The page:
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University of Westminster BA AW19 LFW London Fashion Week
Louisa YungPhotography Federica Tenti

Westminster’s BA grad show explored female sexuality, kink, and kitsch

Here’s our pick of just a few of the designers you should have your eye on

Westminster’s BA graduate show is still the only one of its kind on the LFW schedule, but season on season it continues to demonstrate exactly why it deserves its spot there. Much like the Central Saint Martins and LCF presentations which also took place this weekend, the Westminster Class of 2019 sent an eclectic mix of collections out onto the runway.

From the dark, distorted interfacing of Emily Collier’s puffa-padded dresses, to the frilly pastels and heart cut-outs of Bruna Ignatowska’s designs, the young designers cited inspirations across a wide range of subjects: including violent, erotic illustrations, professional cycling attire, and Guatemalan cowboys.

But while the students for the most part drew from wildly different areas of interest, there were also a number underlying common themes that ran throughout much of the show, as many of those showing explored sexuality and fetishes, while simultaneously subverting traditional notions of gender within their wildly imaginative collections.


First out on the catwalk was Georgia Fallon’s Dyke Sport: a bold collection of pink and yellow sportswear inspired by the professional athletic garments worn by female cycling champions and lesbian fetish wear. The collection was made up of a series of functional, form-fitting looks emblazoned with graphics and text that had been “scanned and distorted and blurred into hallucination and dreamscape” according to Fallon. At the tail end of the collection there also came a laser-cut shattered acrylic dress bearing the same prints, which tied in with massive red sunglasses and a transparent briefcase in the same shade, which was reminiscent of Shayne Oliver’s lucite offering for Helmut Lang. Overall, Fallon called the collection “a love letter to my younger self on the beauty and fierceness of lesbian culture.”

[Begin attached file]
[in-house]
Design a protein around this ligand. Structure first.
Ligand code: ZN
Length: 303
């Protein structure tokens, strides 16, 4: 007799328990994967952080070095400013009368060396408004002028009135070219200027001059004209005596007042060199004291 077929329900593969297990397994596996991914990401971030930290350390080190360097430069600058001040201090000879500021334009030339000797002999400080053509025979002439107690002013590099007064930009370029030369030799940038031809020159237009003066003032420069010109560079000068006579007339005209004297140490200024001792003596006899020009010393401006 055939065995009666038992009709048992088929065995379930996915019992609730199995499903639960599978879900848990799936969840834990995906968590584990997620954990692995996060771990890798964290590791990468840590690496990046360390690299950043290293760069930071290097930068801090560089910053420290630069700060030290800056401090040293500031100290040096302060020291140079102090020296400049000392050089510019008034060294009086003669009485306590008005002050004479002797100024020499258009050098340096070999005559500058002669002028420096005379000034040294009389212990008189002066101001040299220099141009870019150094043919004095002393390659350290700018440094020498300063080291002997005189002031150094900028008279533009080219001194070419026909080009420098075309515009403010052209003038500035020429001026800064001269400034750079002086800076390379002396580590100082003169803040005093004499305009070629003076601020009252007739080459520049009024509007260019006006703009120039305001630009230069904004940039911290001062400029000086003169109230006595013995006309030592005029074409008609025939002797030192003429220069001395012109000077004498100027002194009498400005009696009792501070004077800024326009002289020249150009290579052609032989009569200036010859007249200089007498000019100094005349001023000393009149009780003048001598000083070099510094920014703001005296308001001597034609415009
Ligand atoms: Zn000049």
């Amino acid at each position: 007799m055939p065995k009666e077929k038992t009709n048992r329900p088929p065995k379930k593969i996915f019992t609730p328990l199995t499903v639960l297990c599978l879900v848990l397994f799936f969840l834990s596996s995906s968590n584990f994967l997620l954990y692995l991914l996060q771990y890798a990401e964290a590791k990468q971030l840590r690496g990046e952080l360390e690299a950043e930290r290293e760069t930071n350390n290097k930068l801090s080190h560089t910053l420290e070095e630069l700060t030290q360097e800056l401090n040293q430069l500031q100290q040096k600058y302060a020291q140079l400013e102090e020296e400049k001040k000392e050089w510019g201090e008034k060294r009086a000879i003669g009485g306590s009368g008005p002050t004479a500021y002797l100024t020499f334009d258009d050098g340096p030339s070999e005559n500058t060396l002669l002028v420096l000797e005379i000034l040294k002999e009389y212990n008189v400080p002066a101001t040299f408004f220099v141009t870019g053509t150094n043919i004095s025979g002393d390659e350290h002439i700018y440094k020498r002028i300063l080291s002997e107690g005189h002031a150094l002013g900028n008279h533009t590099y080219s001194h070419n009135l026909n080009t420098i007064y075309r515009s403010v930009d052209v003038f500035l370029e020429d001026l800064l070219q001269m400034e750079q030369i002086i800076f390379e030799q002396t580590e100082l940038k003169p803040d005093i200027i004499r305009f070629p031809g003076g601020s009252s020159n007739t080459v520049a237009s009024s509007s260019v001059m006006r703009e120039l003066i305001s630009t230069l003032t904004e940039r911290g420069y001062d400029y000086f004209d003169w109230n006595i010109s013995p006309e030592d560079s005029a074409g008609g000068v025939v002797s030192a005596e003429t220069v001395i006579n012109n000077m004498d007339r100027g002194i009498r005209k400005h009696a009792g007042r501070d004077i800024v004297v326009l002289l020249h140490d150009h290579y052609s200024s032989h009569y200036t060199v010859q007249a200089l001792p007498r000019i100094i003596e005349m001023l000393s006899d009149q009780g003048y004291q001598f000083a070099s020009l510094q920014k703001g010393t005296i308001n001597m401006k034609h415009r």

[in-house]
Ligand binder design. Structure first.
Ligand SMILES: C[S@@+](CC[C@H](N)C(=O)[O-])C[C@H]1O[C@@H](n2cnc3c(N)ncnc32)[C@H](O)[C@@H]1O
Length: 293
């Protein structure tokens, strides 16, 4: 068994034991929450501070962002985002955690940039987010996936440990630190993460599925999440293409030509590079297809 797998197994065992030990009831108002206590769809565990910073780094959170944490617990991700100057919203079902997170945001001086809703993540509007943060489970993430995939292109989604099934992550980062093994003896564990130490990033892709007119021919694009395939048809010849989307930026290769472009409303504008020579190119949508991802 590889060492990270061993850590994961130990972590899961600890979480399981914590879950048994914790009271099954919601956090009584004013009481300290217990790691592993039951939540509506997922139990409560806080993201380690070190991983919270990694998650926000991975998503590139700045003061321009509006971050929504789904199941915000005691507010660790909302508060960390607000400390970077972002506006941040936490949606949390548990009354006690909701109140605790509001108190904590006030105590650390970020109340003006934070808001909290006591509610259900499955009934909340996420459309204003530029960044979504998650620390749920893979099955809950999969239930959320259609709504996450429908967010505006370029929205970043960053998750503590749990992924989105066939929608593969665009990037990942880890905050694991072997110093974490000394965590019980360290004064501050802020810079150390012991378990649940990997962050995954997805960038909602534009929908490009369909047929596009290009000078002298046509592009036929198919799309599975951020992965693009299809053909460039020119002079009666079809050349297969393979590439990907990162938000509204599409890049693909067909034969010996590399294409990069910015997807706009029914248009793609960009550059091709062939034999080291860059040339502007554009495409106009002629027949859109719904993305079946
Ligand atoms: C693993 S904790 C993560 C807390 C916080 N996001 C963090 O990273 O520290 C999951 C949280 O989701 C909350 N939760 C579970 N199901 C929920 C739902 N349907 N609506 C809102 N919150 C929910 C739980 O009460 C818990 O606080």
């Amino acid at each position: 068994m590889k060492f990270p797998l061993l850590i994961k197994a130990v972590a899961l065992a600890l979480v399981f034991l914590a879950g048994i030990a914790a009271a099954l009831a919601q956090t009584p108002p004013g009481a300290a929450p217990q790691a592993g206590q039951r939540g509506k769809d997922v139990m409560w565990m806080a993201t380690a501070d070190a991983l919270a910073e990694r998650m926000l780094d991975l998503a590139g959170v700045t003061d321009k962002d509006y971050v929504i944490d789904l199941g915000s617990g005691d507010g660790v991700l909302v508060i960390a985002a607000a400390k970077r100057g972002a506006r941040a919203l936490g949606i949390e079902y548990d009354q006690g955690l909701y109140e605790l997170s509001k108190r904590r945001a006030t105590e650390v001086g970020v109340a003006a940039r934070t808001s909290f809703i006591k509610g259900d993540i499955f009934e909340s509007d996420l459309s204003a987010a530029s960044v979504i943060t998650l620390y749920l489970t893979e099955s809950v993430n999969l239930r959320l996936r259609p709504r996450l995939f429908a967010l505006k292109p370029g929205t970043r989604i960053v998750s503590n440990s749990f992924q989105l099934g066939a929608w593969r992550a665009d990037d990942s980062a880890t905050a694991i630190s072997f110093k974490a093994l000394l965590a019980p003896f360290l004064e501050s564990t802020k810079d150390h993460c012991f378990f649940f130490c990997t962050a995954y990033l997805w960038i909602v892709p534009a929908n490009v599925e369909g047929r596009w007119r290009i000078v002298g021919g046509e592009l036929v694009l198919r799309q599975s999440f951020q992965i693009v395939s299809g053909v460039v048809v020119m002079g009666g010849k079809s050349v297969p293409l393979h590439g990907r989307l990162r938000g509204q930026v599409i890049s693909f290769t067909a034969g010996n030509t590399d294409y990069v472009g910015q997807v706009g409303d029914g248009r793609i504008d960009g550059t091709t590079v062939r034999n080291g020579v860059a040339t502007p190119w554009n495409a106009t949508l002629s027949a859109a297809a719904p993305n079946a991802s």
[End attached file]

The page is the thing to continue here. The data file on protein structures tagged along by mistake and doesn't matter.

Carrying on the runway’s transparent trend were clear, kinky PVC pieces which came courtesy of Louisa Yung. “I didn't want the clothes to be readable straight away,” Yung explains, “both in the garment silhouettes and the print. I kinda wanted a reaction where you're like, ‘that's nice’, and then look closer and realise that some of the illustrations are graphic or how sexy the cut of the garment is.” That’s definitely the reaction that her collection provoked, with more classically-feminine silhouettes revealing, on closer inspection, the designer’s femdom influences. The line art that decorated the pieces, meanwhile, came from quite a personal place, but was also inspired by the extreme illustrations of Toshio Saeki. “I started looking at the work of Toshio Saeki and loved how crazy and unrealistic they were,” Yung explains. “When I decided to do my own versions I knew straight away that it had to be the position of a dominant woman opposed to the normal submissive woman in erotic art.”


As part of her final project, designer Melissa Eakin looked to her grandfather, Perfecto, for inspiration. “He was an eccentric Guatemalan cowboy,” she says. “He was obsessed with everything Western, wore big clunky cowboy boots, would stick big plastic horses on his belt buckles, glue silver hardware into his jackets, and mismatched everything.” The Western-themed collection, incorporated red and blue snakeskin motifs, cow print chaps, and cowboy hats, as well as warped sombreros made in collaboration with a traditional Guatemalan hat maker. An 80s bikini body theme that Eakin is also exploring in her work as a painter adds to the layering aspect of the collection, with beachwear shapes and graphics worked throughout.